Harlem Renaissance: Jacob Lawrence's Ambulance Call
In this way, Lawrence's family was a part of "The Great Migration," a period in the earliest decades of the last century when more than a quarter million African-Americans left their rural southern state homes to move to more free-thinking urban centers such as New York City, Chicago, and Washington, D.C. This led to a cultural and intellectual heyday given the term "the Harlem Renaissance."
Whether or not the writers of The Harlem Renaissance withstood time in Literature, they had one common denominator, bringing an end to inequality. Blacks in America were not given the equality that they were promised with the abolition of slavery and self-expression was an idea that they were afraid to utilize because the whites never let them forget their assumed-inferiorly. The movement of The Harlem Renaissance gave writers the courage and the opportunity to write about the atrocities that blacks still suffer. They wrote about the culture of the African American people and the social norms that affect them. The movement woke up the blacks and gave them the bravery to fight to for their rights; it also woke up the whites to the creativity of the black people; more than that it scared them to reevaluate their attitude towards blacks. Whereas The Harlem Renaissance gives blacks a voice, it was the conscience of the whites.
The Artist’s most significant purpose behind creating this piece was to clear misconceptions about the heritage, and show the African Americans’ unity and zealousbess towards their race (Driskell, David C., 1994). Dreams by Jacob Lawrence strategically utilizes the principles of art, as well as themes of African American past, in order to inform the rest of the world about the uniqueness of the African-American culture, and at the same time inspire the African Americans to move forward from their horrendous past in an enlightened manner.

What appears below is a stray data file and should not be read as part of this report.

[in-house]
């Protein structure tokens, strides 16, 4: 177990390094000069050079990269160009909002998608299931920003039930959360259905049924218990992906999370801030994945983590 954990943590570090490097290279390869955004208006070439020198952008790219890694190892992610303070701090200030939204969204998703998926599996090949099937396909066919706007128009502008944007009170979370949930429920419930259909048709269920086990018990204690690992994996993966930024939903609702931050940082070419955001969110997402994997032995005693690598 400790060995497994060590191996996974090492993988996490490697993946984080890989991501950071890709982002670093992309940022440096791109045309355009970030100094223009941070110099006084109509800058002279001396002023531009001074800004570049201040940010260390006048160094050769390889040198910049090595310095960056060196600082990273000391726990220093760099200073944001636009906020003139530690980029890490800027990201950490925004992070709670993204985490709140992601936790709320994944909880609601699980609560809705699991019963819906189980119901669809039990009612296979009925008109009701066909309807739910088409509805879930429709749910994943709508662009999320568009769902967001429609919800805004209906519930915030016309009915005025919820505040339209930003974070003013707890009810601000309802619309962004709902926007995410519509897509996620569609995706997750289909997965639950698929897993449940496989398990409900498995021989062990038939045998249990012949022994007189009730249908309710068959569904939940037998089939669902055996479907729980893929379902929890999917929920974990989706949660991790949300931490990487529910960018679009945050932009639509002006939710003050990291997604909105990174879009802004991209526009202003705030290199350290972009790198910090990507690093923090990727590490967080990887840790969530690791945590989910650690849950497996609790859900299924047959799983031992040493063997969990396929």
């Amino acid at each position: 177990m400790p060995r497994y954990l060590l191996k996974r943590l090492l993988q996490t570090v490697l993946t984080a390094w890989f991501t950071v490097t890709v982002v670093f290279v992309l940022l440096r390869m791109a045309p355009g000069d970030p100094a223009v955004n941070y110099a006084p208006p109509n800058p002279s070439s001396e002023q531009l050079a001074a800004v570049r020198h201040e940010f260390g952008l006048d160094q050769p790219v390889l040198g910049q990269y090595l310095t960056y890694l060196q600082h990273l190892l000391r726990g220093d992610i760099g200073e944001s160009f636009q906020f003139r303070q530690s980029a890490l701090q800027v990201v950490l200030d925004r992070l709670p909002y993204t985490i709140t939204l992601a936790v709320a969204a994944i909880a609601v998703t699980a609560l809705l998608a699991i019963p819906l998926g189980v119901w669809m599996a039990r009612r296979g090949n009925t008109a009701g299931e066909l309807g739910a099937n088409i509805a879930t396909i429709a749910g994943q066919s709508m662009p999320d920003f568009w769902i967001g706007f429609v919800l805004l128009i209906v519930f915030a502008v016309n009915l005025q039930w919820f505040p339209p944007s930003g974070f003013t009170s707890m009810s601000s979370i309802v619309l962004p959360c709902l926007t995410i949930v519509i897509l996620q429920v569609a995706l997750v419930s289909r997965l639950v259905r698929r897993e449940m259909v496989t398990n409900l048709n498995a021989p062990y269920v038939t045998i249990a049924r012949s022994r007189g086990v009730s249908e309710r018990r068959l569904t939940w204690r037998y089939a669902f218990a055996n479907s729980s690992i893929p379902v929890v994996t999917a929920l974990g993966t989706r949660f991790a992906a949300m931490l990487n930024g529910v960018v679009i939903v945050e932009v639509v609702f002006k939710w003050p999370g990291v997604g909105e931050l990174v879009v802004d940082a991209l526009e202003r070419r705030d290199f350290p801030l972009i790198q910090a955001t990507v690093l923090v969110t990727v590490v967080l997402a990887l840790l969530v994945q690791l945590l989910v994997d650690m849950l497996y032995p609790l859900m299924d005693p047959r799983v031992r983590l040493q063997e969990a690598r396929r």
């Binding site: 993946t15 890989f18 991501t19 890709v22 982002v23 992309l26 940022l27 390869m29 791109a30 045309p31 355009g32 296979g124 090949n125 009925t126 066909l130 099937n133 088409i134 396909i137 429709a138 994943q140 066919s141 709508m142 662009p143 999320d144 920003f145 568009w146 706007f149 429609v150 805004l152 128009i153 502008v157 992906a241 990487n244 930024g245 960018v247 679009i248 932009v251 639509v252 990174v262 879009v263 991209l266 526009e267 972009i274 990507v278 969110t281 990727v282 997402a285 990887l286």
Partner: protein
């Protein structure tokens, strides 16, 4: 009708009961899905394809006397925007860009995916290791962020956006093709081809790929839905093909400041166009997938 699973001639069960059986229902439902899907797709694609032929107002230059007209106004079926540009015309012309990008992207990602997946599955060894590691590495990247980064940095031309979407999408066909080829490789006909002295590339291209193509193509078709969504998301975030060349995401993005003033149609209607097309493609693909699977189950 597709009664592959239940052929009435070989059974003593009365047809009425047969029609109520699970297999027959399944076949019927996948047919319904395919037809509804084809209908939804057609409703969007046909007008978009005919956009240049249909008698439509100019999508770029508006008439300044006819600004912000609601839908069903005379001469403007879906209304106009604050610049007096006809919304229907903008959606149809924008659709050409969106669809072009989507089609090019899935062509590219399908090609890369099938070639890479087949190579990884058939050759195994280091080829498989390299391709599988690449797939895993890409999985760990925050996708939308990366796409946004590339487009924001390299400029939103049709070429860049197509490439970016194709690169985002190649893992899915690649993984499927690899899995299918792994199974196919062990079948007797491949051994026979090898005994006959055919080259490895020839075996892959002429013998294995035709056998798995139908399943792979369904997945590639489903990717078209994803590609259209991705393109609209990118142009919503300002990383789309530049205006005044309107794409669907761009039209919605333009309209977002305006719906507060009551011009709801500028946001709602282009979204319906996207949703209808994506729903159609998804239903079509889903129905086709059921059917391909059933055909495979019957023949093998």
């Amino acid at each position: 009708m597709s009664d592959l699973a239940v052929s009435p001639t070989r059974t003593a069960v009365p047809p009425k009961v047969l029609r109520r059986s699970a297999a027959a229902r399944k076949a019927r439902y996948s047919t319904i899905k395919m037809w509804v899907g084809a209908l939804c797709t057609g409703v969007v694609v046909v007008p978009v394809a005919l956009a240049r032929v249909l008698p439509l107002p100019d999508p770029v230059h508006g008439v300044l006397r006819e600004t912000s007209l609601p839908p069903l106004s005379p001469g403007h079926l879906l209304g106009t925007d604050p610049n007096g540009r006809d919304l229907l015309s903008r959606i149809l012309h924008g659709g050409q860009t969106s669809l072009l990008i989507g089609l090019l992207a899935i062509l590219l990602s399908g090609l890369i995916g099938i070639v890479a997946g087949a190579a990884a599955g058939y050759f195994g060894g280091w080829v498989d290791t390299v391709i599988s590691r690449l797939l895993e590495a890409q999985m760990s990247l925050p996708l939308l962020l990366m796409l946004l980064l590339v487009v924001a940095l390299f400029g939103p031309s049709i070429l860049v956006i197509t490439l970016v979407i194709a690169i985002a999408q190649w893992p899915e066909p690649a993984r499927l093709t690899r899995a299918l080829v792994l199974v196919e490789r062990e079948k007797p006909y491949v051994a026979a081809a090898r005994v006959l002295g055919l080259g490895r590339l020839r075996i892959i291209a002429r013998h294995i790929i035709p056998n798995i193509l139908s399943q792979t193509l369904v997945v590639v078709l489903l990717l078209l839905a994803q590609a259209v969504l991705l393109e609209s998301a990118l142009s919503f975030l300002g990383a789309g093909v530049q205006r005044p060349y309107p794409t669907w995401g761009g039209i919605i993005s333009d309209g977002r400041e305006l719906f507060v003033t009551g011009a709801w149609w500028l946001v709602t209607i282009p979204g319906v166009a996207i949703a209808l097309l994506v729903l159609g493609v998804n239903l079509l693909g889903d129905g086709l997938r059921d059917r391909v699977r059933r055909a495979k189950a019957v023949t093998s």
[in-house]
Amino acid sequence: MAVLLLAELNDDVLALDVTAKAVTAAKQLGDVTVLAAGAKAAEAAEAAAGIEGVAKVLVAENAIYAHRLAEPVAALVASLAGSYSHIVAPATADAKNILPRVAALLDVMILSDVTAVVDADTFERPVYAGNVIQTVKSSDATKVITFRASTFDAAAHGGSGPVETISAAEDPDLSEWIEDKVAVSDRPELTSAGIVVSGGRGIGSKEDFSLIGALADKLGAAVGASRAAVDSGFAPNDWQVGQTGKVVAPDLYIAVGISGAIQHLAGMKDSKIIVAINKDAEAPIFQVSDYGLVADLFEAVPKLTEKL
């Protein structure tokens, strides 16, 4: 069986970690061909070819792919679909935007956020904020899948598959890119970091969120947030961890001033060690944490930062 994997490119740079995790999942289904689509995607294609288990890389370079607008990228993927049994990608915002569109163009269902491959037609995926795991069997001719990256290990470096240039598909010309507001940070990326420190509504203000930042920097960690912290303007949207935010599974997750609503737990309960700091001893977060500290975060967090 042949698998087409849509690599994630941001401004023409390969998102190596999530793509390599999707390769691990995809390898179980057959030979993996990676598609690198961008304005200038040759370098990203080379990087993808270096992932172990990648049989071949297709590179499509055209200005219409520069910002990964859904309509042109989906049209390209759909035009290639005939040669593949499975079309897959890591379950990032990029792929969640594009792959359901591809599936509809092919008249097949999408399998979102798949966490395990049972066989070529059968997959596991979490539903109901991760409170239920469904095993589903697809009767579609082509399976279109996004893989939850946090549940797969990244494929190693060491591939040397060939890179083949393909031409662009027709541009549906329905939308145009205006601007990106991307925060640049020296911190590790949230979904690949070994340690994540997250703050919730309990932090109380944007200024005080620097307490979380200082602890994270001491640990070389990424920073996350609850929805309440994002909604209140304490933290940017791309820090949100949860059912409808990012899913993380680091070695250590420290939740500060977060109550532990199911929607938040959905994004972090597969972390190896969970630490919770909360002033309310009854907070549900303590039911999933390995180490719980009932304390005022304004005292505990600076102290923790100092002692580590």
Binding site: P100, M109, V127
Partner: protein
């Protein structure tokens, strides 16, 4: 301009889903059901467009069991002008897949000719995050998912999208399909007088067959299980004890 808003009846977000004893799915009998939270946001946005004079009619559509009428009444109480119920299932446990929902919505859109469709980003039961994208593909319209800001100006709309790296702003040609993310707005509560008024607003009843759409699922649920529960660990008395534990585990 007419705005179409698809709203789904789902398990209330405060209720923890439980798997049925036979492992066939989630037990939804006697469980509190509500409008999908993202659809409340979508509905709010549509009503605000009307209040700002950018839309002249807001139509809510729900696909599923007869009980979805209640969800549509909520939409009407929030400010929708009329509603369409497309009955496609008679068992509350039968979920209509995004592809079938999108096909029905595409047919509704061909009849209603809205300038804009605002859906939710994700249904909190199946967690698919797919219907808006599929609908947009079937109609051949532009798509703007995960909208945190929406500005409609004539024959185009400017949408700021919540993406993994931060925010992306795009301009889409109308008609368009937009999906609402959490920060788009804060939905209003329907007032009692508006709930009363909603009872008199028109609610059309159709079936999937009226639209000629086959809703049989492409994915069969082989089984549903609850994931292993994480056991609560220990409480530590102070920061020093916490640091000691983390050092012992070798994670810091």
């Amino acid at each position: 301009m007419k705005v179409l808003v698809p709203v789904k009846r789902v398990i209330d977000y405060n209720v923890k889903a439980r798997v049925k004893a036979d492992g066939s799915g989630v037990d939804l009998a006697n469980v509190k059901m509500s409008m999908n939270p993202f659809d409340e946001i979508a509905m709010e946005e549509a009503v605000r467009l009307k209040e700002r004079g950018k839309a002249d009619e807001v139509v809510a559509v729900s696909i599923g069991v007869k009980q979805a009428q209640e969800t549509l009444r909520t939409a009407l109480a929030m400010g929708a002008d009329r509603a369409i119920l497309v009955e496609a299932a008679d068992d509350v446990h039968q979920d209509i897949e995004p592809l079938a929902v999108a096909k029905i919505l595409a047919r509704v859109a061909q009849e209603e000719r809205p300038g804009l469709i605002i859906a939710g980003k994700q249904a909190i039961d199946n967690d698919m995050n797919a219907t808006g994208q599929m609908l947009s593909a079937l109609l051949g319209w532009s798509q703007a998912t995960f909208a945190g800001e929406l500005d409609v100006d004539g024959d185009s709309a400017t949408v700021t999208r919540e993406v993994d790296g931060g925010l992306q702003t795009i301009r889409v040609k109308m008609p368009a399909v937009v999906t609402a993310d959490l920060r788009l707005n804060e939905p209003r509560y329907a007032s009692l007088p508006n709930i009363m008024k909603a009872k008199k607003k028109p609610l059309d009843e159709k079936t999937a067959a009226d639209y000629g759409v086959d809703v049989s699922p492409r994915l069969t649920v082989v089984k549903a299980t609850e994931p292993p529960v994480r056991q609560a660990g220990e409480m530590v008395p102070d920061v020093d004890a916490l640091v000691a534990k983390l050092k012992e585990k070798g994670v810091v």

Ambulance Call exemplifies Lawrence’s melding of traditional narrative subjects and the visual language of modernism. The schematically rendered figures wear bright, monochromatic clothing. The artist distributed passages of red, blue, yellow, green, and black throughout the picture in a lively, rhythmic pattern.
Diamond, Anna. “Why the Works of Visionary Artist Jacob Lawrence Still Resonate a Century After His Birth.” Smithsonian.com, Smithsonian Institution, 5 Sept. 2017, www.smithsonianmag.com/smithsonian-institution/why-works-visionary-artist-jacob-lawr
Driskell, David C., et al. Harlem Renaissance: Art of Black America. Studio Museum in Harlem, 1994.
Harlem Renaissance.” International Encyclopedia of the Social Sciences, edited by William A. Darity, Jr., 2nd ed., vol. 3, Macmillan Reference USA, 2008, pp. 424-426. Gale Virtual Reference Library, https://link.galegroup.com/apps/doc/CX3045300994/GVRL?u=powa9245&sid=GVRL&xid=833edb05. Accessed 13 Dec. 2018.
“Harlem Renaissance.” Literary Movements for Students: Presenting Analysis, Context, and Criticism on Literary Movements, edited by Ira Mark Milne, 2nd ed., vol. 1, Gale, 2009, pp. 335-373.